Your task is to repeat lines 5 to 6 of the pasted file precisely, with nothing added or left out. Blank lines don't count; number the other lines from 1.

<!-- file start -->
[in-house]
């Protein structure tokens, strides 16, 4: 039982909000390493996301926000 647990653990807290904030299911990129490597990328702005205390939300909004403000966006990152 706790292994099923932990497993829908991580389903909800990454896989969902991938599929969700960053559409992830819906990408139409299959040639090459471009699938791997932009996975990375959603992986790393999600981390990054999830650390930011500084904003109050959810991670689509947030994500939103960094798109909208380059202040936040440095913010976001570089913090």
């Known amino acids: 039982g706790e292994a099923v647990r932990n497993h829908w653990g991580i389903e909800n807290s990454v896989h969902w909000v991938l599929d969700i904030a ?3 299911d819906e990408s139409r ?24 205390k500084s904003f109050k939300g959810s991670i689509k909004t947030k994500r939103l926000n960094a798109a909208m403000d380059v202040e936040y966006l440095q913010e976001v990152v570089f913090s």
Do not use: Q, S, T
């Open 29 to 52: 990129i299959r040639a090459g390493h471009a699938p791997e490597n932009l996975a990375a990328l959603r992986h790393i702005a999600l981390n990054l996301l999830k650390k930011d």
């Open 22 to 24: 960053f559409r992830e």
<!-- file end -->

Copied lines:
């Open 29 to 52: 990129i299959r040639a090459g390493h471009a699938p791997e490597n932009l996975a990375a990328l959603r992986h790393i702005a999600l981390n990054l996301l999830k650390k930011d």
């Open 22 to 24: 960053f559409r992830e």